(UAC) as well as User Agent Server (UAS) hence you can use it these ways:
• SIPp is used as UAC and calls FreeSWITCH (IVR, voice applications,
and more)
• SIPp is used as UAS and is the endpoint being called (by another
FreeSWITCH extension for instance)
• SIPp is used on both sides of a single call (the caller and the callee) to build
completely automated tests
Running scenarios
One of the strengths of SIPp is that it is highly customizable: the user writes scenario
files in XML format that details all communication steps. An XML scenario file
basically describes every SIP message the tool has to send and every response it is
supposed to get. Some variables are also available so you do not have to take care of
things like tags and call-id stuff. This flexibility in building scenarios means you
can simulate many different things: from a basic call to elaborated services such as
IVRs, voicemail calls (with user authentication and message recording), and so on.
Let's see a simple scenario with SIPp as UAC. In a vanilla FreeSWITCH setup,
call extension 1001 as user 1000. The scenario file would look like the following
(please note that SIP messages after first INVITE have been deleted to make the
XML content shorter):
<?xml version="1.0" encoding="ISO-8859-1" ?>
<!DOCTYPE scenario SYSTEM "sipp.dtd">
<scenario name="FreeSWITCH: call extension 1001">
[ 27 ]
Deploying FreeSWITCH
<!-- we send the intial INVITE -->
<send retrans="500" start_rtd="mer">
<![CDATA[
INVITE sip:[email protected] SIP/2.0
Via: SIP/2.0/[transport] [local_ip]:[local_port];branch=[branch]
From: 1000 <sip:[email protected][local_ip]:[local_port]>;tag=[pid]
SIPpTag00[call_number]
To: 1001 <sip:[email protected]:[remote_port]>
Call-ID: [call_id]
CSeq: 1 INVITE
Contact: sip:[email protected][local_ip]:[local_port]
Max-Forwards: 70
Subject: Test_call
Content-Type: application/sdp
Content-Length: [len]
v=0
o=user1 53655765 2353687637 IN IP[local_ip_type] [local_ip]
s=c=IN IP[media_ip_type] [media_ip]
t=0 0
m=audio [media_port] RTP/AVP 0
a=rtpmap:0 PCMU/8000
]]>
</send>
<!-- we expect to receive a trying -->
<recv response="100" optional="true" rss="true"/>
<!-- the FreeSWITCH server should ask us to auth your request -->
<recv response="407" auth="true" rss="true"/>
<!-- we ack the 407 message -->
<send crlf="true">
[...]
</send>
<!-- we send again the INVITE with the auth field -->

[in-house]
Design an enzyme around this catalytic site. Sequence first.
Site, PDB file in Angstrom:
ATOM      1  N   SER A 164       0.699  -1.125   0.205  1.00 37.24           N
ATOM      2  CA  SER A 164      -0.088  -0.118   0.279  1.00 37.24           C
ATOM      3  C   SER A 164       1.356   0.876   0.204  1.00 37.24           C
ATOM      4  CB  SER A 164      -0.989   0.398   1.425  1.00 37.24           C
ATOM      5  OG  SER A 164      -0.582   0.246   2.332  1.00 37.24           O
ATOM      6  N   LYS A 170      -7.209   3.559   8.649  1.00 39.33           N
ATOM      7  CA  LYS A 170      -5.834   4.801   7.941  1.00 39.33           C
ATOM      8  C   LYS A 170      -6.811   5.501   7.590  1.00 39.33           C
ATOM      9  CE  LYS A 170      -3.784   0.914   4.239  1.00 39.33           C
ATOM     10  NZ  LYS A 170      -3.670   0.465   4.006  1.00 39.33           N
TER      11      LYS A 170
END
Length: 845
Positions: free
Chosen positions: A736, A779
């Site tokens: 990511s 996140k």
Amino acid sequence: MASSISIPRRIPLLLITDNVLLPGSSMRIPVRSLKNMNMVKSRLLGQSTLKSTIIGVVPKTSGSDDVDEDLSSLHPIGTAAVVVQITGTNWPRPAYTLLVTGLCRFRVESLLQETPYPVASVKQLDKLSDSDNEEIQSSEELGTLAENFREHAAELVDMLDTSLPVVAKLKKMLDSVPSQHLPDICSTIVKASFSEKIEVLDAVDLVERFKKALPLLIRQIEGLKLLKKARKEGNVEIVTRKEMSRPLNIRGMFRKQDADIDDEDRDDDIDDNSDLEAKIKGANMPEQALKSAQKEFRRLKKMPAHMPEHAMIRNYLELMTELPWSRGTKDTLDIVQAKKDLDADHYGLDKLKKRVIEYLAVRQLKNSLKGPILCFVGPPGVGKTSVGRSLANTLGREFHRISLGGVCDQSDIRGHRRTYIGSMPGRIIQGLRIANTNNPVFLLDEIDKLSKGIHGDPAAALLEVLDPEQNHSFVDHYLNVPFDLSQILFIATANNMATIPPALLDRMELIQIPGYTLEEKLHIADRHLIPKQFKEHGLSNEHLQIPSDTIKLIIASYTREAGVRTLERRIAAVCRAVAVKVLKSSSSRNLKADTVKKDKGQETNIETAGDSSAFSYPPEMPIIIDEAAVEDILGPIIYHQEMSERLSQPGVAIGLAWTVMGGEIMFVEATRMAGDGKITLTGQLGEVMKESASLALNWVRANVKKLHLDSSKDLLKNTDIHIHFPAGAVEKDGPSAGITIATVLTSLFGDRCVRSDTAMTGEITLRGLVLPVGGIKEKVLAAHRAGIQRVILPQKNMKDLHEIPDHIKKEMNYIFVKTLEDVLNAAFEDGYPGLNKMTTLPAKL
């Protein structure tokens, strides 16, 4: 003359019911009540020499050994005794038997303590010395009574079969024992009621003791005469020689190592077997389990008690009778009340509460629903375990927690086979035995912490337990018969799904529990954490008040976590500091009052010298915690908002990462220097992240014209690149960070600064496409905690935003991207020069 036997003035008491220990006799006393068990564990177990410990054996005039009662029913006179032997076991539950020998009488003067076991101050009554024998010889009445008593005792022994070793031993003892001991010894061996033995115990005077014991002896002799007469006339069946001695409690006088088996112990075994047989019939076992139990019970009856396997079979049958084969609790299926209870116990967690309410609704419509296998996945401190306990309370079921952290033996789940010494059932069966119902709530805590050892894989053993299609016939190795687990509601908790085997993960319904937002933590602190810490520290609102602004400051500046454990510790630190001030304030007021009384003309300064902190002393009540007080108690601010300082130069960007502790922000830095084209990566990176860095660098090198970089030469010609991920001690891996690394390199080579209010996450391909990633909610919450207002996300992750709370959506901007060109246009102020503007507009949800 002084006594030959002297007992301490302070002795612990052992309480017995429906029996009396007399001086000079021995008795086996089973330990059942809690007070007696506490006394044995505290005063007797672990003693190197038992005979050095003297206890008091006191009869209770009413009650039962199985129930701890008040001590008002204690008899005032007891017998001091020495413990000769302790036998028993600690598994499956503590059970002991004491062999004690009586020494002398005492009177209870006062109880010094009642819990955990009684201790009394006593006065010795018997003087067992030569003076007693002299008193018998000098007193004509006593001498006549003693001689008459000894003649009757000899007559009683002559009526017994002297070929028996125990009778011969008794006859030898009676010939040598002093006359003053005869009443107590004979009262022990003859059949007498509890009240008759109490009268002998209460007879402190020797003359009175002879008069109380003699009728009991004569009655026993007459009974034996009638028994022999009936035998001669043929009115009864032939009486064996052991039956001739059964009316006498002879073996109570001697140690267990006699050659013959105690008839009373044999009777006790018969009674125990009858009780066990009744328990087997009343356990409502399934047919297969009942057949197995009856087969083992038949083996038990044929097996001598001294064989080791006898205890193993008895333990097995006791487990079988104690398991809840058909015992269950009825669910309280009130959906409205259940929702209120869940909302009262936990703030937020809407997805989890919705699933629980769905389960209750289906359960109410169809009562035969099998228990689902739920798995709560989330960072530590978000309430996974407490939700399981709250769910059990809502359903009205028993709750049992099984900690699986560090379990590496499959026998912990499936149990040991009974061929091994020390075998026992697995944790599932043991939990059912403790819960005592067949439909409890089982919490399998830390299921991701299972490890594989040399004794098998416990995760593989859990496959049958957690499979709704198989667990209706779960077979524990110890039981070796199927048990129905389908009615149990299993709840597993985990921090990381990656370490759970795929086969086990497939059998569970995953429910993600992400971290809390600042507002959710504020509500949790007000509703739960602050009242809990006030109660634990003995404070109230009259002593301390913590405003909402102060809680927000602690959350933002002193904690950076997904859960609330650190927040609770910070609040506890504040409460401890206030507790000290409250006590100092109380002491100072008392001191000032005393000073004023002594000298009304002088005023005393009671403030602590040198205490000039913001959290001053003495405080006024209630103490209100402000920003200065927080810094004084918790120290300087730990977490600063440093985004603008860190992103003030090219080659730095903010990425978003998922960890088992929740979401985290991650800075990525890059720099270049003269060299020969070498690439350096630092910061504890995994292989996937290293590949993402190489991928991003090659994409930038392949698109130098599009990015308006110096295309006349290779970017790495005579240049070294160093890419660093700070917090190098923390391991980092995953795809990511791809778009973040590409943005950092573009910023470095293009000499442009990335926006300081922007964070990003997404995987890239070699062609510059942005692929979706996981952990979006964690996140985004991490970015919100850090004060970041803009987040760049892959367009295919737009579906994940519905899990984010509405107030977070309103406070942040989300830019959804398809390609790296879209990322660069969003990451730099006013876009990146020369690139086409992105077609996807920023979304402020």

<send retrans="500">
<![CDATA[
[...]
[authentication username=1000 password=1234]
[...]
]]>
</send>
<!-- we expect to receive a trying -->
[ 28 ]
Chapter 2
<recv response="100"/>
<!-- we expect to receive a provisional 180, but it's not sure yet -->
<recv response="180" optional="true"/>
<!-- we expect to receive a provisional 183, but it's not sure too -->
<recv response="183" optional="true"/>
<!-- we expect 1001 to pick up the call -->
<recv response="200" rtd="mer" rss="true"/>
<!-- we ack the 200 OK SIP message (if the call has been picked up)
-->
<send crlf="true">
[...]
</send>
<!-- we pause, but we could instead send media here by playing a pcap
file -->
<pause milliseconds="1000" crlf="true"/>
<!-- we hang up the call -->
<send retrans="500">
[...]
</send>
<!-- FreeSWITCH should reply 200 OK -->
<recv response="200" crlf="true"/>
<!-- various scenario parameters -->
<ResponseTimeRepartition value="100, 200, 500, 1000, 1500, 2000, 5000,
10000"/>
<CallLengthRepartition value="10, 100, 500, 1000, 5000, 10000,
20000"/>
</scenario>
To run such a scenario is an easy task to accomplish, you only need to run the
sipp binary:
./sipp -sf call_1001.xml -i 192.168.1.10 -m 1 203.0.113.100
Here the parameter -sf specifies the scenario file, -i specifies the local IP address,
-m specifies the number of test calls to start (here, only one) and the last address
represents the FreeSWITCH server, but many other parameters are available. A
complete report is printed out at the end.
SIPp provides a command-line user interface that displays real-time information
about the scenario being run so the user can check if everything is running as